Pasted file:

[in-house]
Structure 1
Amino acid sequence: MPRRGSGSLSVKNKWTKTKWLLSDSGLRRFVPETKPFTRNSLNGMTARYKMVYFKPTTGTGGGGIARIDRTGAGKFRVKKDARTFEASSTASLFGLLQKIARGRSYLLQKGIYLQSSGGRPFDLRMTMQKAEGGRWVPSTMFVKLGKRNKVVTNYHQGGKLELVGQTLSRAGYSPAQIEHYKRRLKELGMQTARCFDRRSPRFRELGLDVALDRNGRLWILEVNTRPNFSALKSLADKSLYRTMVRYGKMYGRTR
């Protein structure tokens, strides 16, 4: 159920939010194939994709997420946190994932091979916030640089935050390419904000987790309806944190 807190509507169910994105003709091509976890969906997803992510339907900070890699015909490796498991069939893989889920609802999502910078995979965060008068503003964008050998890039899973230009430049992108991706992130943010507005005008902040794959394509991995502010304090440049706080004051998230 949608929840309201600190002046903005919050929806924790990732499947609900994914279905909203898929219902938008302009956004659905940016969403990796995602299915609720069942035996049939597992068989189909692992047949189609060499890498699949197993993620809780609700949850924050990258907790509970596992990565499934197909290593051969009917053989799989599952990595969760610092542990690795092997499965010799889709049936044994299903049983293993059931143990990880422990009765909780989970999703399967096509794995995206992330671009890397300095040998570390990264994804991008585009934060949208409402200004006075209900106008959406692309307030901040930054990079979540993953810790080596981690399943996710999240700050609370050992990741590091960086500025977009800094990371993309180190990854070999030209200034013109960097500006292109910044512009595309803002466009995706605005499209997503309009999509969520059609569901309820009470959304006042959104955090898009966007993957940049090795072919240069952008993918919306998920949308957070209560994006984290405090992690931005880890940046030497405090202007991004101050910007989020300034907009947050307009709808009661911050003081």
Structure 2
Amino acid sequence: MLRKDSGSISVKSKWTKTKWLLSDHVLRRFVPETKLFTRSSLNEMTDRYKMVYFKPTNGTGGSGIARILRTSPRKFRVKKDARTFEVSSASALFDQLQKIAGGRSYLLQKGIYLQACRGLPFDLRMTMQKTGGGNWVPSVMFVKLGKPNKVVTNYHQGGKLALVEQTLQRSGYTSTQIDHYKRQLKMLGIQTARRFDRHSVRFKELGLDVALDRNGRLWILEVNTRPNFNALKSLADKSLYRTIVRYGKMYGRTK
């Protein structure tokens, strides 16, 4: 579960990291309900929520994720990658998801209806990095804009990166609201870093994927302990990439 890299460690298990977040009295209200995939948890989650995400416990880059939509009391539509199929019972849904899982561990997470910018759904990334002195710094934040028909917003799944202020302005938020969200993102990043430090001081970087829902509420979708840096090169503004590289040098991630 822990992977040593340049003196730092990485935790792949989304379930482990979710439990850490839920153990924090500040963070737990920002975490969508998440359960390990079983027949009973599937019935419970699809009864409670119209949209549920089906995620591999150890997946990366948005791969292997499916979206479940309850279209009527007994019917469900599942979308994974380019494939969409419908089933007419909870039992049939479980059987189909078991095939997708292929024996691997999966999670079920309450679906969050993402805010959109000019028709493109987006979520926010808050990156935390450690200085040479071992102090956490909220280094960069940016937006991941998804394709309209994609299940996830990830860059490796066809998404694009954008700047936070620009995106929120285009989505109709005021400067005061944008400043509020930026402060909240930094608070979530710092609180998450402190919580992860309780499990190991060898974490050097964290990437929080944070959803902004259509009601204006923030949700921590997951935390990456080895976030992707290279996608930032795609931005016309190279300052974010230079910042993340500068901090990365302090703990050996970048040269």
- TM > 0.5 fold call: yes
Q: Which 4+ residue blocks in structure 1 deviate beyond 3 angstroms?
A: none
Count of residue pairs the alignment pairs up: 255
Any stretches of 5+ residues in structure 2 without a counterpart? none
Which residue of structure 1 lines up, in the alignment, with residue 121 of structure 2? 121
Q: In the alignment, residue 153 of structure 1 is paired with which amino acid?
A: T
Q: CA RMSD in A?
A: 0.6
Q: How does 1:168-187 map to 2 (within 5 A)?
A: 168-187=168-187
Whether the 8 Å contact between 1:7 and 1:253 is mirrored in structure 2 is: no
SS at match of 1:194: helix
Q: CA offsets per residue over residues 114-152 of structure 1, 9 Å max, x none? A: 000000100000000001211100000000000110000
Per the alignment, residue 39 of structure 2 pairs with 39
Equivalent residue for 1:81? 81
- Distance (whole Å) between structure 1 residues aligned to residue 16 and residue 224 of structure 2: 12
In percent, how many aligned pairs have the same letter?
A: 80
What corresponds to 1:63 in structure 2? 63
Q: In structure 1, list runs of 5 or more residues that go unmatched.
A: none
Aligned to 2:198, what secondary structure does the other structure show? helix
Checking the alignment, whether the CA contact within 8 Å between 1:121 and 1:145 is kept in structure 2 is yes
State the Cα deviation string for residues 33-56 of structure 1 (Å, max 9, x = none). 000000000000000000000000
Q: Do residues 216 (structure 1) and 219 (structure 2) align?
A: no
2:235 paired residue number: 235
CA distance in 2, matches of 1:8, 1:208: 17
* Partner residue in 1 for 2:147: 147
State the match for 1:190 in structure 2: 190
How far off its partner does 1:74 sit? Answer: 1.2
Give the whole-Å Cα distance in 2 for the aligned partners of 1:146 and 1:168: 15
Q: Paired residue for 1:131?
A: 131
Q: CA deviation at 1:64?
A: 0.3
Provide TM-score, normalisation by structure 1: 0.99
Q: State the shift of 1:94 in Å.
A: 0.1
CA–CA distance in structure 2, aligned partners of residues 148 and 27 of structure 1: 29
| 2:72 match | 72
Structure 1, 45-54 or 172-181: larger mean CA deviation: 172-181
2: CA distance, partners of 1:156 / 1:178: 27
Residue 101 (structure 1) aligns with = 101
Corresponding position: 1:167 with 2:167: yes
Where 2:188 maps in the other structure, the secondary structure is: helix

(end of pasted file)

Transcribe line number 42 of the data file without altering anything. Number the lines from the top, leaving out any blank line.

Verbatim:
Q: Paired residue for 1:131?